Bach on Marimba (Recording)

The music of J.S. Bach, transcribed and performed by Leigh Howard Stevens. “This remarkably faithful transcription takes us …to a renewed appreciation for the universality of Bach’s music.” –Digital Audio Magazine


Sheet music sold individually and as a collection.

“His devotion to both the music and his instrument suffuses every note with the passion of dedication. This remarkably faithful transcription takes us beyond a merely technical interest in Stevens’ facility on the marimba to a renewed appreciation for the universality of Bach’s music. The marimba delineates harmonic and contrapuntal details that the solo violin can only hint at. And Stevens lights an energetic fire worthy of Heifetz or Milstein in the Presto of the A Minor Sonata.”

–Digital Audio Magazine

Track List

    1. Prelude and Fugue in B-flat Major
      • Prelude (1:27)
      • Fugue (2:17)
    2. Two Part Inventions
      • C Major (1:23)
      • D Minor (:59)
      • B-flat Major (1:41)
      • F Major (1:06)
    3. Prelude in G Minor (1:21)
    4. Chorale: Christ lag in Todesbanden (3:38)
    5. Sonata in A Minor, S. 1001
      • Adagio (4:17)
      • Fuga (5:46)
      • Siciliano (2:12)
      • Presto (3:55)
    6. Sonata in B Minor, S. 1003
      • Grave (4:25)
      • Fuga (7:16)
      • Andante (4:30)
      • Allegro (3:15)

A selection of Program Notes for Bach on Marimba

There are several aspects of this Bach recording that make it special, the most obvious of which of course, is the instrument on which the music is performed. …While the marimba was probably not known in Europe at the time that J. S. Bach was composing the works represented on this album (it was probably working its way over to Central and South America with the slave trade), there are several facets of the marimba’s tone and Stevens’ manner of playing that make it an ideal “Neo-baroque” instrument. In particular, the ring time of the bars and the clarity of articulation make it so. No matter how well suited the marimba is for baroque music, there are still those who consider the very idea of transcription sacrilegious.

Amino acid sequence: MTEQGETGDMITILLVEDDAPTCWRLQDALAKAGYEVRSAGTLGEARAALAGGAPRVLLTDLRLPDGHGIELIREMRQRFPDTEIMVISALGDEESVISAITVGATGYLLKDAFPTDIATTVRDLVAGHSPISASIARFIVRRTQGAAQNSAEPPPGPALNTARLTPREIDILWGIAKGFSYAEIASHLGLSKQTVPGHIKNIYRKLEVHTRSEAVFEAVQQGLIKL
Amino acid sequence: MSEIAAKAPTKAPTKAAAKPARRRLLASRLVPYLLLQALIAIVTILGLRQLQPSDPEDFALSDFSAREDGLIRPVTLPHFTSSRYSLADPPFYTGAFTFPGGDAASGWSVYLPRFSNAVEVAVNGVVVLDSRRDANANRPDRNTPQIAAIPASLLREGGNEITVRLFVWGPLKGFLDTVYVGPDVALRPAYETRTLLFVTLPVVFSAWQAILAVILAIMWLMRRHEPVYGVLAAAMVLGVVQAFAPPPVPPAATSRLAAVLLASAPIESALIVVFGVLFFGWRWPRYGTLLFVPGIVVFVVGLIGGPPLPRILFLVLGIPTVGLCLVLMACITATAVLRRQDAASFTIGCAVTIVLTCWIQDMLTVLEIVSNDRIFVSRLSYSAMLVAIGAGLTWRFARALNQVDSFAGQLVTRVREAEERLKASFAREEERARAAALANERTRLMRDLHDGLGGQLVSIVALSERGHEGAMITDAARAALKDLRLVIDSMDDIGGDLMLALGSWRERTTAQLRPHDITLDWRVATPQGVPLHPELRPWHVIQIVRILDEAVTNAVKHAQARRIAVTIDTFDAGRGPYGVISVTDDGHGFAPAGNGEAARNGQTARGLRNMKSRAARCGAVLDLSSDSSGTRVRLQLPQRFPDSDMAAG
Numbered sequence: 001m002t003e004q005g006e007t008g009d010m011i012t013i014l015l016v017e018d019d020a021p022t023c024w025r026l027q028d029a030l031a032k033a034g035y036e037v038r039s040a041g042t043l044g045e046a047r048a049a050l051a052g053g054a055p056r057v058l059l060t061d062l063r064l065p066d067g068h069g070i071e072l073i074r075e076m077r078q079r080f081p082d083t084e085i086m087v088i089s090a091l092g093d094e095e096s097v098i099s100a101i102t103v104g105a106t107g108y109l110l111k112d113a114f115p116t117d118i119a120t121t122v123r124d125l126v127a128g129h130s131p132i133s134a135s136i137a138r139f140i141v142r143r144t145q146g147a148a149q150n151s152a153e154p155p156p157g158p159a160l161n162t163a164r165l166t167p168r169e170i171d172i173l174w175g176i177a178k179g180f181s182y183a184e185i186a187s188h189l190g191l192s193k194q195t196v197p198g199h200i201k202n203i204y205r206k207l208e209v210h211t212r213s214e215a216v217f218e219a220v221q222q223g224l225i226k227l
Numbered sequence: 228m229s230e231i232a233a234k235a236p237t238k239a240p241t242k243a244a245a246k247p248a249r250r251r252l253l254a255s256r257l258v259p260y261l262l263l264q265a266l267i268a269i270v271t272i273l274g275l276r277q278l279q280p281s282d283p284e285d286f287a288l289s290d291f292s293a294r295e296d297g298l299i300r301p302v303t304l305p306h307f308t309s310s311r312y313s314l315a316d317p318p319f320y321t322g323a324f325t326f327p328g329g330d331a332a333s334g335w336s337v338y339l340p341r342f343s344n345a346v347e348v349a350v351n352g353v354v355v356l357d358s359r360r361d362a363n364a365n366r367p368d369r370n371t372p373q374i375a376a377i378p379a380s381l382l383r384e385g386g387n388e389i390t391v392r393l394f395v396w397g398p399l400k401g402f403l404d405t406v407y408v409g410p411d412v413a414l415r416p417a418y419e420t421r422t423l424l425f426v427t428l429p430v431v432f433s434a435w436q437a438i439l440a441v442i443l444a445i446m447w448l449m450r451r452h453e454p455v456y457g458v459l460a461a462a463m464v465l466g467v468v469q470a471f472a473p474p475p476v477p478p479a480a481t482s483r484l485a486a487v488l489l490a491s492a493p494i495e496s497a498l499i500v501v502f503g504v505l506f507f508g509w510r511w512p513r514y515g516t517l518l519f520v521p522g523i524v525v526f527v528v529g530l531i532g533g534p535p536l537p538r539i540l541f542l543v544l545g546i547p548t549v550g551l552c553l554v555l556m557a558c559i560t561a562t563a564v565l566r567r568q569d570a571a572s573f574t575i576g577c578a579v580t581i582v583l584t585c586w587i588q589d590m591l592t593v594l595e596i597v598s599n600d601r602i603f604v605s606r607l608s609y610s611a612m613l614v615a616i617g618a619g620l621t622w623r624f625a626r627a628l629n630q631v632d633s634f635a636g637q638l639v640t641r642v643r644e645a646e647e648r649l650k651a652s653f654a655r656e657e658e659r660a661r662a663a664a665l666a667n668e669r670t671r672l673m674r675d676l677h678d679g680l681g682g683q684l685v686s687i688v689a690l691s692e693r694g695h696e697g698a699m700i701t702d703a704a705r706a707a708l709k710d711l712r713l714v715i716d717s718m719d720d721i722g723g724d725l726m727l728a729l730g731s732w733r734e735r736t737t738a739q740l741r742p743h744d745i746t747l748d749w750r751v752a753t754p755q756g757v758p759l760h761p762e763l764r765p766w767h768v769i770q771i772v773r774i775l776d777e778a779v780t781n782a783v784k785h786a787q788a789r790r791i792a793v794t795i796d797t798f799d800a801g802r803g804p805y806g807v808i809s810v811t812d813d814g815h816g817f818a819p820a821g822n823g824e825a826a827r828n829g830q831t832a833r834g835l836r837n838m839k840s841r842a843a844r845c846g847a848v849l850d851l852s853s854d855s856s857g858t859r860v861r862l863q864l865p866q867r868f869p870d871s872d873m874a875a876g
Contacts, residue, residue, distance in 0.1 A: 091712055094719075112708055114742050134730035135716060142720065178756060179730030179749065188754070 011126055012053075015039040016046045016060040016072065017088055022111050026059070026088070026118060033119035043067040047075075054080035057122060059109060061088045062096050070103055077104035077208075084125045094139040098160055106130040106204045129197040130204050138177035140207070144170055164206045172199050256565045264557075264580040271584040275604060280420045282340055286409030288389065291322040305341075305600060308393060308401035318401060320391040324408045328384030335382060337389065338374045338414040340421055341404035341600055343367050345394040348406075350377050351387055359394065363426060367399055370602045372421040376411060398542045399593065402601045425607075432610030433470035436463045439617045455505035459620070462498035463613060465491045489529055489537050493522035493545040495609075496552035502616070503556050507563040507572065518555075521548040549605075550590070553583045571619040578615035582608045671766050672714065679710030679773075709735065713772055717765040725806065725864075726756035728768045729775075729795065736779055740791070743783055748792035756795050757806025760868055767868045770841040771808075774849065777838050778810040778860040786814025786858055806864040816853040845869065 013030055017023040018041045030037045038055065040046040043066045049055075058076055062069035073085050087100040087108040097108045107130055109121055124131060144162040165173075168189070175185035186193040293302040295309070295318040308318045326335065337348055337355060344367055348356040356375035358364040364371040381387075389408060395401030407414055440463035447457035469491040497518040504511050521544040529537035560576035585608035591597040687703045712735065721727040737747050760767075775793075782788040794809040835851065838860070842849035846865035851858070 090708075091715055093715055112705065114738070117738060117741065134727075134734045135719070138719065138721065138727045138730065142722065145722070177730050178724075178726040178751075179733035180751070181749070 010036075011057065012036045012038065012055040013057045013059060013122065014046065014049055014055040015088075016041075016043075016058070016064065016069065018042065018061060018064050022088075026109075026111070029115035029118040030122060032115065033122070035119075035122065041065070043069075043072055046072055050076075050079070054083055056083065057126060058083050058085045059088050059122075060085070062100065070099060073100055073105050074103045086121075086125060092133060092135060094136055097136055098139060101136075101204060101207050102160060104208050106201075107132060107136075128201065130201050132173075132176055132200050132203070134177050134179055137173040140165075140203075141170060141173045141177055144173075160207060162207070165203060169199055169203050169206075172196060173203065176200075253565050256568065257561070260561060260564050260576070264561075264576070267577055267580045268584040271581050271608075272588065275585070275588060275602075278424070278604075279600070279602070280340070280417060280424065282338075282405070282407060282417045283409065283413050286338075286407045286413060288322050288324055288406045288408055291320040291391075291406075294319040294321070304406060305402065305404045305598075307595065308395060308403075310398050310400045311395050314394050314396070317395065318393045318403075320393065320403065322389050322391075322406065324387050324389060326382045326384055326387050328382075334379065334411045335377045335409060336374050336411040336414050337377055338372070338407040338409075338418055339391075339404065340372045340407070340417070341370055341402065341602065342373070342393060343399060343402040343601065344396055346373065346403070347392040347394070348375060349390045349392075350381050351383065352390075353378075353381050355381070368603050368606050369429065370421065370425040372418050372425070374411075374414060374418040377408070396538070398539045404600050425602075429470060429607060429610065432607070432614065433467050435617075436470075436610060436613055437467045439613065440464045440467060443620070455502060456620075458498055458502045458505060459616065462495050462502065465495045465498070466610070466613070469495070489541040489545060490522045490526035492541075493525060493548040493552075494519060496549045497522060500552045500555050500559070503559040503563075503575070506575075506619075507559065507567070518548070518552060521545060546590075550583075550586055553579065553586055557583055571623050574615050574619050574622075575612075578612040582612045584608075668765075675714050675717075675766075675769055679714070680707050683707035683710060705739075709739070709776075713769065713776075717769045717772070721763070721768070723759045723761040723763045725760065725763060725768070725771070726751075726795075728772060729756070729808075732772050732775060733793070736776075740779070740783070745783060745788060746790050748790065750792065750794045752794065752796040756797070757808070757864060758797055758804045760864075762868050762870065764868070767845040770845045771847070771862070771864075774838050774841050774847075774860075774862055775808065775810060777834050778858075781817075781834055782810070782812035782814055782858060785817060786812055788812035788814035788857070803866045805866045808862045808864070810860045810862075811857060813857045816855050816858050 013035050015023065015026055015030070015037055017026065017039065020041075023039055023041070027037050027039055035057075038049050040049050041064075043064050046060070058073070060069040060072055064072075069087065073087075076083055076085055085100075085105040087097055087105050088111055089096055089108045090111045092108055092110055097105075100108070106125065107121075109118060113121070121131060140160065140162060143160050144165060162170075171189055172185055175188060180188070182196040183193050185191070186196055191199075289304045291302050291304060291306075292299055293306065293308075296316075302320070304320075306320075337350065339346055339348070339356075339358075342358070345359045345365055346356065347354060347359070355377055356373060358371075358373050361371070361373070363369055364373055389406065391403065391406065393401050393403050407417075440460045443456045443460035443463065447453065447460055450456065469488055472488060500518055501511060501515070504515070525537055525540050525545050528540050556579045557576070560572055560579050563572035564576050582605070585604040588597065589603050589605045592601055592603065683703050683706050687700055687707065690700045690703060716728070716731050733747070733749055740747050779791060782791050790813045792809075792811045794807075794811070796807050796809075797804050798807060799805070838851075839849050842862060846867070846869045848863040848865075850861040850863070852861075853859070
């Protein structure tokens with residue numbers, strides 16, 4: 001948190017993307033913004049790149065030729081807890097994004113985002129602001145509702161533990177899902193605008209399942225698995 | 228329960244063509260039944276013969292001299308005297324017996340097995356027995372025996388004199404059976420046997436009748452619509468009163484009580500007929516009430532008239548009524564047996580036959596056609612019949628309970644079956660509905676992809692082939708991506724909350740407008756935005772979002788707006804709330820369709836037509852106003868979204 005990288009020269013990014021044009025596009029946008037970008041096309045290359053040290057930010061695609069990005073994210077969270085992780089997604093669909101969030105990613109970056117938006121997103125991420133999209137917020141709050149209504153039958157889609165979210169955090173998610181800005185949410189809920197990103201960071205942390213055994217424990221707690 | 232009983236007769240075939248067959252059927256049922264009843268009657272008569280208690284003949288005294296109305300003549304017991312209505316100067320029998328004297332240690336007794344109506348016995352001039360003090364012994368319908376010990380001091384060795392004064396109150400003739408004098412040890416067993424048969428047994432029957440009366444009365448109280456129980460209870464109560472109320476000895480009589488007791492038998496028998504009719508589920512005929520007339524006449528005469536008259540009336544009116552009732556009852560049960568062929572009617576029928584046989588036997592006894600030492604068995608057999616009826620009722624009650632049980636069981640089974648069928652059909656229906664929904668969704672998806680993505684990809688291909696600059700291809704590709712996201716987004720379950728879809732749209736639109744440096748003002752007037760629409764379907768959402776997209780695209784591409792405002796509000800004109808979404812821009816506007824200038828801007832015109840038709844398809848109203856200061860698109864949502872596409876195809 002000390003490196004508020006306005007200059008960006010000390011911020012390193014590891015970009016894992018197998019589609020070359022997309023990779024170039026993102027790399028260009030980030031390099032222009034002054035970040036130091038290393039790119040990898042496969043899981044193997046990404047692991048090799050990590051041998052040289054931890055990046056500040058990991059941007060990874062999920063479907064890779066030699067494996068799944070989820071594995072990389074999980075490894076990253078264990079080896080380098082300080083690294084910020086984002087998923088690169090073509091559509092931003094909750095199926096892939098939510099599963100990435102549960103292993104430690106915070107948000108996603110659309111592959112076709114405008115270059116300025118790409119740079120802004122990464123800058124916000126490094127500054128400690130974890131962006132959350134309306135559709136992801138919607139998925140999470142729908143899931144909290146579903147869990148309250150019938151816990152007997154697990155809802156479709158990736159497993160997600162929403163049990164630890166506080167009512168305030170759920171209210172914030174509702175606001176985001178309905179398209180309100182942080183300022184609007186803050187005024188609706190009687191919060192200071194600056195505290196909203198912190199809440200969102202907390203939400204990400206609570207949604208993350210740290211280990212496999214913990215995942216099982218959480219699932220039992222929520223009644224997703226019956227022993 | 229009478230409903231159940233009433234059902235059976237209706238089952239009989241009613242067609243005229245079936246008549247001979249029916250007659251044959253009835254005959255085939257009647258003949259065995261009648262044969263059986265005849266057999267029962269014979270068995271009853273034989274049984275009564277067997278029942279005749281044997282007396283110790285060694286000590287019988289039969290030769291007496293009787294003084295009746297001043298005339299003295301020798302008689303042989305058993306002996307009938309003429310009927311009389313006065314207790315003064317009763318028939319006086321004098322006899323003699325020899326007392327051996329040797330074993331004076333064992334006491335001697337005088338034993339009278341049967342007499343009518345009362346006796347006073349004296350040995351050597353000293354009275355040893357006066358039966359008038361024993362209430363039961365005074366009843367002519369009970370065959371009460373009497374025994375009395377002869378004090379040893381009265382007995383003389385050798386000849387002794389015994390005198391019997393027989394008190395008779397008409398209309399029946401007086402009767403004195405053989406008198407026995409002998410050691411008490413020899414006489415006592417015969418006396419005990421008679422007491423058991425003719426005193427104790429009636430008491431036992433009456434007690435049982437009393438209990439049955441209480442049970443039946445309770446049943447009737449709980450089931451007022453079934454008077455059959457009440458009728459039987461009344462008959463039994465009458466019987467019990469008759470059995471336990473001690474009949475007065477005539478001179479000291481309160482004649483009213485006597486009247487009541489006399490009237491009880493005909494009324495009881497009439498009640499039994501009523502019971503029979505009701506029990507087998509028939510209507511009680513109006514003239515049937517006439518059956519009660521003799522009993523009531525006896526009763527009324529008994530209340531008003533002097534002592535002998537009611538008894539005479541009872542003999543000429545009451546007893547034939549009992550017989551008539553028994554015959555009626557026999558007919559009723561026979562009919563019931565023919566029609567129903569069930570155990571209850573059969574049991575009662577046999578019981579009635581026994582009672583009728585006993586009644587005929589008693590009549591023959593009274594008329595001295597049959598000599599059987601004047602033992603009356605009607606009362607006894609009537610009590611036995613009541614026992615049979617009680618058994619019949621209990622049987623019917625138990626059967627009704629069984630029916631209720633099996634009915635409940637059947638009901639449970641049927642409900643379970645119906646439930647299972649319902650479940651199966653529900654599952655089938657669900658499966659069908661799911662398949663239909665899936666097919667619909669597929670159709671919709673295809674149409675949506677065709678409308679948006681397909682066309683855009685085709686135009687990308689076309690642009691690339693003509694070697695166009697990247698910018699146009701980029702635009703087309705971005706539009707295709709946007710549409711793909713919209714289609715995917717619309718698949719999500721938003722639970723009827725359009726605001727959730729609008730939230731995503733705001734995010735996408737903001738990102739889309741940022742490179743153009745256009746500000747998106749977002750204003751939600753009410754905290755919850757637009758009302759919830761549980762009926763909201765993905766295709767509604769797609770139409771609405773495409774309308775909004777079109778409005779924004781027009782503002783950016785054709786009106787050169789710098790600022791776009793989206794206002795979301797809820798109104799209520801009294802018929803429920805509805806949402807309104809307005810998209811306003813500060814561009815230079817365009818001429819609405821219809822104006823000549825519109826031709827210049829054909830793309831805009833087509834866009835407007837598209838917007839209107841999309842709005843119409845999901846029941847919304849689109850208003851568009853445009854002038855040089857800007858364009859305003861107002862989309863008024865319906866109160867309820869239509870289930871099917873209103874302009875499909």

A distinction must be made, however, between an arrangement and a transcription. The word arrangement automatically confesses that changes have been made — notes added to make chords “fuller”, harmonies “jazzed up”, or even sections deleted. Serious musicians and listeners can justifiably cringe at the lengths certain performers will go to to make a work more “accessible” (read saleable…). A transcription however, implies a certain faithfulness to the original. There are of course, many different opinions of what constitutes “faithfulness”. There are those performers who profess to being wholly concerned with the overall spirit of a work, and others who feverishly compare minute pen strokes in different versions of the manuscript.

It should be emphasized that much of the music on this album could never have been attempted by a single marimbist until the development of Stevens’ new approach to four mallet technique. In fact, the Two Part Inventions are published in a marimba edition by a respected music publisher — as duets! This album is not one of those “switched on” Bach technological feats where the artist layers on many simple lines, one track at a time. In this case, that was not necessary, as can be attested to by the thousands who have heard Leigh Howard Stevens perform these works live in concert halls throughout the world.

Audio File Type

44.1 WAV CD Quality, CD